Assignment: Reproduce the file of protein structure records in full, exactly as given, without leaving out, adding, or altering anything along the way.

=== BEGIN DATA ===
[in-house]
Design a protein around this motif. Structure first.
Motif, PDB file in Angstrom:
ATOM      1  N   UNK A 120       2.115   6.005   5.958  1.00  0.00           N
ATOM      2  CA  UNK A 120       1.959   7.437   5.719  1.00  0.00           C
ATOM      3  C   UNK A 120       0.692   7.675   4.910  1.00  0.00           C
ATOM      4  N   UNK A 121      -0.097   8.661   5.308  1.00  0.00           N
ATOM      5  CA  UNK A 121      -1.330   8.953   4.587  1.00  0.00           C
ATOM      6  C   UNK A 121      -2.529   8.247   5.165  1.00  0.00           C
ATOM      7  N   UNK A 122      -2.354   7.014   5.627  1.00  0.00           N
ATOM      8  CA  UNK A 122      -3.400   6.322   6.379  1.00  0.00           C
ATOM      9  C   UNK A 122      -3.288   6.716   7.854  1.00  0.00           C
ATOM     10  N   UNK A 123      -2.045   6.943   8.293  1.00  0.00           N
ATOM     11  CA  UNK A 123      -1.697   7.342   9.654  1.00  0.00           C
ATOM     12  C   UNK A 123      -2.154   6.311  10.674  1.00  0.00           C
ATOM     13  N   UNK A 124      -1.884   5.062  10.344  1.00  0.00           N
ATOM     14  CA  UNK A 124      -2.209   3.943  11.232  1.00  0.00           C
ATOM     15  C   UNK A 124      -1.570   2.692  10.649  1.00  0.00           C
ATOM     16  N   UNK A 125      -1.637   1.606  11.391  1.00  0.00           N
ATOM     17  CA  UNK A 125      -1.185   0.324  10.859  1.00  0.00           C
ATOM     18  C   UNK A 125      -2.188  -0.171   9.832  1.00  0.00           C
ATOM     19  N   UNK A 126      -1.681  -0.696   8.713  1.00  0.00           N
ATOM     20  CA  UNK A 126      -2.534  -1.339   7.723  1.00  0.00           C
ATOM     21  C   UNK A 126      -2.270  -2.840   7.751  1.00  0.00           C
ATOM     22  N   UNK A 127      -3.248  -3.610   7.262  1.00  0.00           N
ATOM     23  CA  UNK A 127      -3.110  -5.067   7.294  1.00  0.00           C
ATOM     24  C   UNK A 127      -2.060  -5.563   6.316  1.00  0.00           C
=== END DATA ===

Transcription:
[in-house]
Design a protein around this motif. Structure first.
Motif, PDB file in Angstrom:
ATOM      1  N   UNK A 120       2.115   6.005   5.958  1.00  0.00           N
ATOM      2  CA  UNK A 120       1.959   7.437   5.719  1.00  0.00           C
ATOM      3  C   UNK A 120       0.692   7.675   4.910  1.00  0.00           C
ATOM      4  N   UNK A 121      -0.097   8.661   5.308  1.00  0.00           N
ATOM      5  CA  UNK A 121      -1.330   8.953   4.587  1.00  0.00           C
ATOM      6  C   UNK A 121      -2.529   8.247   5.165  1.00  0.00           C
ATOM      7  N   UNK A 122      -2.354   7.014   5.627  1.00  0.00           N
ATOM      8  CA  UNK A 122      -3.400   6.322   6.379  1.00  0.00           C
ATOM      9  C   UNK A 122      -3.288   6.716   7.854  1.00  0.00           C
ATOM     10  N   UNK A 123      -2.045   6.943   8.293  1.00  0.00           N
ATOM     11  CA  UNK A 123      -1.697   7.342   9.654  1.00  0.00           C
ATOM     12  C   UNK A 123      -2.154   6.311  10.674  1.00  0.00           C
ATOM     13  N   UNK A 124      -1.884   5.062  10.344  1.00  0.00           N
ATOM     14  CA  UNK A 124      -2.209   3.943  11.232  1.00  0.00           C
ATOM     15  C   UNK A 124      -1.570   2.692  10.649  1.00  0.00           C
ATOM     16  N   UNK A 125      -1.637   1.606  11.391  1.00  0.00           N
ATOM     17  CA  UNK A 125      -1.185   0.324  10.859  1.00  0.00           C
ATOM     18  C   UNK A 125      -2.188  -0.171   9.832  1.00  0.00           C
ATOM     19  N   UNK A 126      -1.681  -0.696   8.713  1.00  0.00           N
ATOM     20  CA  UNK A 126      -2.534  -1.339   7.723  1.00  0.00           C
ATOM     21  C   UNK A 126      -2.270  -2.840   7.751  1.00  0.00           C
ATOM     22  N   UNK A 127      -3.248  -3.610   7.262  1.00  0.00           N
ATOM     23  CA  UNK A 127      -3.110  -5.067   7.294  1.00  0.00           C
ATOM     24  C   UNK A 127      -2.060  -5.563   6.316  1.00  0.00           C